Friday, 24 August 2012

Karen Oganesyan: The Brownie aka Ghost (Домовой)

Director Karen Oganesyan 
Cast: Konstantin Khabensky, Vladimir Mashkov, Chulpan Khamatova, Armen Dzhigarkhanyan, Vitaly Kischenko, Anatoly Semenov, Ramil Sabitov, Aleksandr Chutko, Sergey Gazarov.


The idea of a face to face meeting between a writer and his character is imaginative, but by no means original. The creators of the suspense thriller, The Ghost, are obviously not afraid of the beaten path. The box-office totals of recent films produced by Timur Bekmambetov, the leader of the new trend in Russian cinema, prove that it’s all right if a film smells a trifle musty and recycles elements of Hollywood productions of past decades.
The film is about Anton, the author of a crime fiction series, whose hero is a professional killer nicknamed the Ghost (Domovoi). As he signs his books in a library, Anton witnesses a murder committed by a professional killer. The killer, who later turns out to be the Ghost himself, meets Anton afterward and offers him a story from real life. Suffering from serious writer's block and feeling his own writing to be forced and untrue to life, Anton eagerly accepts the offer of collaboration. Eventually, he has an opportunity to try professional murder himself and offers the Ghost a challenge: they will randomly select a victim whom Anton will track down. For Anton to make his “kill,” he has to get the victim alone with no witnesses.
Oganesian’s film cannot claim to be original because it appears after such Hollywood cult productions as Basic Instinct (Paul Verhoeven, 1992)and Fight Club (David Fincher, 1999), with which it shares basic plot elements. Like the lead in Basic Instinct, Anton feels the need to live through a crime in order to write about it and, as in Fight Club, the plot is based on the tension between a weak loser and his double, a cool and manly character produced by his own imagination. Of course, these story blocks in Oganesian’s film are arranged differently and may convey a different message: here the writer only pretends to kill, the Ghost is a real person whose story inspired the writer to create his series, and the access to violence unleashes the evil side of Anton's self, which he must then overcome. Nevertheless, the air of familiarity and cliché is indispensable to the film.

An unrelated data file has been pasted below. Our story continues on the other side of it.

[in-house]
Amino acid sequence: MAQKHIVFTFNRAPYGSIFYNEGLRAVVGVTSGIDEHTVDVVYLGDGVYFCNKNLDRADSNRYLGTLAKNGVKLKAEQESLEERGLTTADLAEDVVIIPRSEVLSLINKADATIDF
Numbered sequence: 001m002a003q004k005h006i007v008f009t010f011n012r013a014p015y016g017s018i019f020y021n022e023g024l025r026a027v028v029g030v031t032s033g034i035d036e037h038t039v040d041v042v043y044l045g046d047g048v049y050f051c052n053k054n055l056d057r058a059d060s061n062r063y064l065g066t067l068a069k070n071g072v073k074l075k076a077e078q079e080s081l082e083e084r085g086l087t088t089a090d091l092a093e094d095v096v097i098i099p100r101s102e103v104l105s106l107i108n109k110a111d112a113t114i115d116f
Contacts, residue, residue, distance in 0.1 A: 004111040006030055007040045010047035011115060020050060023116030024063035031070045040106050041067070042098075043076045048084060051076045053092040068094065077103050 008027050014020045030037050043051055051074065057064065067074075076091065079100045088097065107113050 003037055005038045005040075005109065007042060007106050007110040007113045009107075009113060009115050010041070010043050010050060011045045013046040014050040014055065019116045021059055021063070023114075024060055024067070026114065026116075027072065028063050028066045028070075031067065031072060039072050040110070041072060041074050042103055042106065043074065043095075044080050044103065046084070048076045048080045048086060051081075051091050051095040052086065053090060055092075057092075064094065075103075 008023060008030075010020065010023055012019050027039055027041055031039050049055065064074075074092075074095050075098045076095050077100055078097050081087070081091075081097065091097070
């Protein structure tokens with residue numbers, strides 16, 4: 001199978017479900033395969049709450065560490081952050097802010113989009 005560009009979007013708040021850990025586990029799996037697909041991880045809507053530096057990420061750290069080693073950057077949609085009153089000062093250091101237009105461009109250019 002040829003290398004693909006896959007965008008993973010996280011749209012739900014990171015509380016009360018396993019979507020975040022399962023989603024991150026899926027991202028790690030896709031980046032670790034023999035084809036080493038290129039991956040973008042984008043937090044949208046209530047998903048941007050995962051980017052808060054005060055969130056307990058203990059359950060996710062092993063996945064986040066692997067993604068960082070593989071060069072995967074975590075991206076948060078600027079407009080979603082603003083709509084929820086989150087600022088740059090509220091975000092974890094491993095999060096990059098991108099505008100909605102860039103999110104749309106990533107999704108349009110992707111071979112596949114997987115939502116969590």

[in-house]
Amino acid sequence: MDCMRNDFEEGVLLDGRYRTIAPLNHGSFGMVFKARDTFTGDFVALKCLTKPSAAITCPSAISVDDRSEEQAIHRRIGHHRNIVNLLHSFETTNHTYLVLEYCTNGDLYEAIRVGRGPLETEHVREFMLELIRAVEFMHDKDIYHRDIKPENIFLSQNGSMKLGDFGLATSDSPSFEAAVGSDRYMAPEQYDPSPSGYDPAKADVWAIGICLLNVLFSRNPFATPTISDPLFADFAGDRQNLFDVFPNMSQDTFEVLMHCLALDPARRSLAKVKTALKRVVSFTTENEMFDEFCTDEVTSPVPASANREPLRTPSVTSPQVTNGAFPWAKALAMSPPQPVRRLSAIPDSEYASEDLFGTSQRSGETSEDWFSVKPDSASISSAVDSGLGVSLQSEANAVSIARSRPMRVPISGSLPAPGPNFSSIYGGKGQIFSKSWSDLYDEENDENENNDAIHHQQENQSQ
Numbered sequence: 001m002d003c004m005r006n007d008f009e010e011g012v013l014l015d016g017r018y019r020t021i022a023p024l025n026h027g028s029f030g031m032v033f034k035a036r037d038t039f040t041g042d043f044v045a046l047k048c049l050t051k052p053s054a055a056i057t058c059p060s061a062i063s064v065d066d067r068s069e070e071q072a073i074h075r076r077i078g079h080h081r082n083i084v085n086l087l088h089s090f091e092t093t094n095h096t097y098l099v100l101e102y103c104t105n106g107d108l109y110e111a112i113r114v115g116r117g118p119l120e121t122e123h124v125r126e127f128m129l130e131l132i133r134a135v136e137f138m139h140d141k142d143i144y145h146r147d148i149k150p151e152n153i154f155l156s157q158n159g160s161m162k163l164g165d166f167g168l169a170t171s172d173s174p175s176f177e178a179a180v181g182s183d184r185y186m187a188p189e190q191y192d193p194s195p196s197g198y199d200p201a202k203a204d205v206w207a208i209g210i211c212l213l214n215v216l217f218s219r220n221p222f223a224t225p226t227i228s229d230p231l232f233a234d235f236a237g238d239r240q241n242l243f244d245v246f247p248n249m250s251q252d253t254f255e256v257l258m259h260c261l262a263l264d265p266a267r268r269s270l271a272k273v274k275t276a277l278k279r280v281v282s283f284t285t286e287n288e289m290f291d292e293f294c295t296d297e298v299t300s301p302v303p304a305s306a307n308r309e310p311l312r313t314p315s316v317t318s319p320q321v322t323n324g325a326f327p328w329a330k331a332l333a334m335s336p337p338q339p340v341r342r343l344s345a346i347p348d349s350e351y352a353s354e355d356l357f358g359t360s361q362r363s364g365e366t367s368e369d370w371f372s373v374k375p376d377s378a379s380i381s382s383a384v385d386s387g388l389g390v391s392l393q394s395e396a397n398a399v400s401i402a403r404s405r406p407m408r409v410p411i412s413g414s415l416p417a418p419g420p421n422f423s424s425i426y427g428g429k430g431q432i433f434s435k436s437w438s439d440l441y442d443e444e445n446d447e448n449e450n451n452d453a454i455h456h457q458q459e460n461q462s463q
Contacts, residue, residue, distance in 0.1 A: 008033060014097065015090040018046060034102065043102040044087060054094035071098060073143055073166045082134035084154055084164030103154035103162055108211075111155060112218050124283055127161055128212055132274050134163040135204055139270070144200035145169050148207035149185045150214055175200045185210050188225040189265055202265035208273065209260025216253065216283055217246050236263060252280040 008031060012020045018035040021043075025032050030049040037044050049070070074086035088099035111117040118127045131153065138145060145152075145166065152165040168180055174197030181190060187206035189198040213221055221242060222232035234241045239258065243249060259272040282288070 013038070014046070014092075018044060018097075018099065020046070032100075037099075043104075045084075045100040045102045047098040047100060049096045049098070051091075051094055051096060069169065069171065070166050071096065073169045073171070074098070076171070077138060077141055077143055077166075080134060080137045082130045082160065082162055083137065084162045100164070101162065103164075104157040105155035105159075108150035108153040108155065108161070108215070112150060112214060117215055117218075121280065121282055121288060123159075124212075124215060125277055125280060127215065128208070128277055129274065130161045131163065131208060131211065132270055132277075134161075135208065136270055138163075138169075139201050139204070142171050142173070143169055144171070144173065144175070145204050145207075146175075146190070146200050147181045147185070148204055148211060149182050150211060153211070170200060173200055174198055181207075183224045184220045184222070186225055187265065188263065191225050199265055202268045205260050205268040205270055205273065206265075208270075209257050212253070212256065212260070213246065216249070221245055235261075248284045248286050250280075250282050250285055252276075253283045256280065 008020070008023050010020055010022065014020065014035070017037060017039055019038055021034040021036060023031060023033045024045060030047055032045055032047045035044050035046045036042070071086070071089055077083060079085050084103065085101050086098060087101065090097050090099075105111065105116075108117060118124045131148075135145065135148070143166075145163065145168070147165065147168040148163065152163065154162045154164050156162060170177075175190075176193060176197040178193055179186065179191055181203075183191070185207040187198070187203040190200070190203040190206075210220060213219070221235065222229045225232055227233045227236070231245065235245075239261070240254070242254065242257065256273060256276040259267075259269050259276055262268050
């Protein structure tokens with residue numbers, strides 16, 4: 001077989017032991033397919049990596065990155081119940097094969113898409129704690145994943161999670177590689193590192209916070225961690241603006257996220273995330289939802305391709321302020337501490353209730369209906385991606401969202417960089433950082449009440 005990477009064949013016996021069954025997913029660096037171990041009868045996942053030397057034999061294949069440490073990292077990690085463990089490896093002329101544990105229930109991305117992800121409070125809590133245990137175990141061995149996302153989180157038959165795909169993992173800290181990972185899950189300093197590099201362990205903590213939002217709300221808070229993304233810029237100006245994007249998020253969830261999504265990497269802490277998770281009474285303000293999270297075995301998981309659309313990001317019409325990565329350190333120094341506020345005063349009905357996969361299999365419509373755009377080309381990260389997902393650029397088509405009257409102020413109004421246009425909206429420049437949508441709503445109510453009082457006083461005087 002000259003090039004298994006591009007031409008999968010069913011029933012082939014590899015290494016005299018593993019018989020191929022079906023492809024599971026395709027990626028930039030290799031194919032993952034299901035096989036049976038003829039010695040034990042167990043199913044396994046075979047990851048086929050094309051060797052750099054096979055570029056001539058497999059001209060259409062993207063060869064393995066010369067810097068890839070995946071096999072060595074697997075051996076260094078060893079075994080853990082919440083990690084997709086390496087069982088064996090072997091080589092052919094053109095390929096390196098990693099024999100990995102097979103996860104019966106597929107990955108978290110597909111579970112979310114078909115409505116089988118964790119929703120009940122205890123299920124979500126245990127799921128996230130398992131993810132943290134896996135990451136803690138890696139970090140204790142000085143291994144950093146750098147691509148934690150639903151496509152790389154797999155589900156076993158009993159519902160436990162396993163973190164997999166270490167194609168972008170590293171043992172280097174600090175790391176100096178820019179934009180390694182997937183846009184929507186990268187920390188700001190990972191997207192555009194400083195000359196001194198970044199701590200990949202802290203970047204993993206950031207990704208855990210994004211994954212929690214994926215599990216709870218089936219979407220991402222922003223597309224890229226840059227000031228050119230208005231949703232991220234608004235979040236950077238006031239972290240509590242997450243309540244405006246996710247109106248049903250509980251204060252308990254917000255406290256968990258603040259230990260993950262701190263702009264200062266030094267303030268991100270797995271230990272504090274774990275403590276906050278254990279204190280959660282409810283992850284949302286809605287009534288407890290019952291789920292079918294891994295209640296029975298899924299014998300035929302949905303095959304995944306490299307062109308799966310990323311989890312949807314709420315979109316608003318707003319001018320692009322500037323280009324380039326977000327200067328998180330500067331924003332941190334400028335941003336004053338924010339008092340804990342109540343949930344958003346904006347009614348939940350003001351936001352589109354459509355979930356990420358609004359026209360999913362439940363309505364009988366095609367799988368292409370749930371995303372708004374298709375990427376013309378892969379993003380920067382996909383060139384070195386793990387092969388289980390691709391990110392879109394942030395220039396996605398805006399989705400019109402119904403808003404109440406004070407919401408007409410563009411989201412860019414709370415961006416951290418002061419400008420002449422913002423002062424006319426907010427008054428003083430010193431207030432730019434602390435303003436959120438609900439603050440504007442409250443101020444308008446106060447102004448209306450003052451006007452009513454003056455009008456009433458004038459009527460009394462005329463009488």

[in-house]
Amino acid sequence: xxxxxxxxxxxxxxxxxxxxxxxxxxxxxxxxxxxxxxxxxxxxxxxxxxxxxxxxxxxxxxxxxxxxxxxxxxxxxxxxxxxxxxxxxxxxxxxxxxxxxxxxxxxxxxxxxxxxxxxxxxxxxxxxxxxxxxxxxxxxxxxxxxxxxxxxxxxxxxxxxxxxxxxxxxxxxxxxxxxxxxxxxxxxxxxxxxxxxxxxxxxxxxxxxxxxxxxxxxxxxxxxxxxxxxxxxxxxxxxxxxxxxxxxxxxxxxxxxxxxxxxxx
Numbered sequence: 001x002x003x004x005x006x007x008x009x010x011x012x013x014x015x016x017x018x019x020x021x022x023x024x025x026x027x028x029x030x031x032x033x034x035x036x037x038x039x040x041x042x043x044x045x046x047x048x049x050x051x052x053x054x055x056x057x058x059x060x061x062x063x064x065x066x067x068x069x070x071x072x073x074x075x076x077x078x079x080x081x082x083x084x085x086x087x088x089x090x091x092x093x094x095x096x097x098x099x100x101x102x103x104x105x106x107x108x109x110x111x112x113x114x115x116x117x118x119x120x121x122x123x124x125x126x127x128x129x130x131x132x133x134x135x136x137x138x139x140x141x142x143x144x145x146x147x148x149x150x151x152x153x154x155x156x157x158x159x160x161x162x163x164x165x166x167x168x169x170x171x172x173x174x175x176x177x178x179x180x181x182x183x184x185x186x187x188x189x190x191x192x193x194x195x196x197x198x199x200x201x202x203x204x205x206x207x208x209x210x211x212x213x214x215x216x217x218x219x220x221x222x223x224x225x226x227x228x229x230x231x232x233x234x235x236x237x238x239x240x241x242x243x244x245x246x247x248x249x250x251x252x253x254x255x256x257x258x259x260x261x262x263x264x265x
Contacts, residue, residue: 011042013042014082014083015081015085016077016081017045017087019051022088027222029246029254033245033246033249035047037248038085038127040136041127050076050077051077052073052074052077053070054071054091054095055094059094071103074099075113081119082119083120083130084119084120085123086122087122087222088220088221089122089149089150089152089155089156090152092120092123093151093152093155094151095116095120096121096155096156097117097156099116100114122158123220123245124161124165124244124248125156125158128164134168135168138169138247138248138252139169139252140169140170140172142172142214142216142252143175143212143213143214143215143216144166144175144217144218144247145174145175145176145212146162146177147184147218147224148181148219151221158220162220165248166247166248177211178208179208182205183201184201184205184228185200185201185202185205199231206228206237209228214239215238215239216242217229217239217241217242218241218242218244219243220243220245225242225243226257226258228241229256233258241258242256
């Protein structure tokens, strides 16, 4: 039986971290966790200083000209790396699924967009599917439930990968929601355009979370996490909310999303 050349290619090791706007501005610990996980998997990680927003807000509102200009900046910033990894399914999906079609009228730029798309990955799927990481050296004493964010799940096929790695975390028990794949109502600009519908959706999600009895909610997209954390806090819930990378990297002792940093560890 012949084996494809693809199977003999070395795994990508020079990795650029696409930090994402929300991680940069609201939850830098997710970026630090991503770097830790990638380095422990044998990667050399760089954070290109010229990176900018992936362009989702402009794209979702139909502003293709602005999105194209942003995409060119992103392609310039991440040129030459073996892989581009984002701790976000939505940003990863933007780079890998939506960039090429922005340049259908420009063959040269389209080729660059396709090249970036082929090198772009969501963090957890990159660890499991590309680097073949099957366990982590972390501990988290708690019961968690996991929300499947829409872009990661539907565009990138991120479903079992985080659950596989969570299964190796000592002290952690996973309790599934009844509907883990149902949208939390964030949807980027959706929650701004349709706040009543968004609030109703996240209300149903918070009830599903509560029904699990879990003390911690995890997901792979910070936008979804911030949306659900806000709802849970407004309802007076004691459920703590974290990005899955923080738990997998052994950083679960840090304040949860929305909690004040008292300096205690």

In addition to the frame—a story focused on the relationship of a writer to his writing—there is also a second plot, an intrigue, which ends with a shocking and unexpected revelation. Hidden beneath the surface until the climactic scene, in which the writer pretends to kill the victim, this plot is built on the laws of suspenseful filmmaking. It resembles the famous move in Alfred Hitchcock’s Vertigo (1958), where one of the characters creates a plot which another character enacts without realizing it. The killer in The Ghost has been hired by the mafia and a general prosecutor to get rid of a dangerous witness. He anticipates that the prosecutor has ordered him traced and killed afterwards. He reassigns this killing to Anton and secretly guides the writer in a supposedly random choice of victim. Trying to play the killer's double, Anton becomes a dummy in the killer's play. When the writer happily pretends to kill the victim in a public restroom by pointing two fingers through the stall door, the real killer kills the victim from behind Anton's back.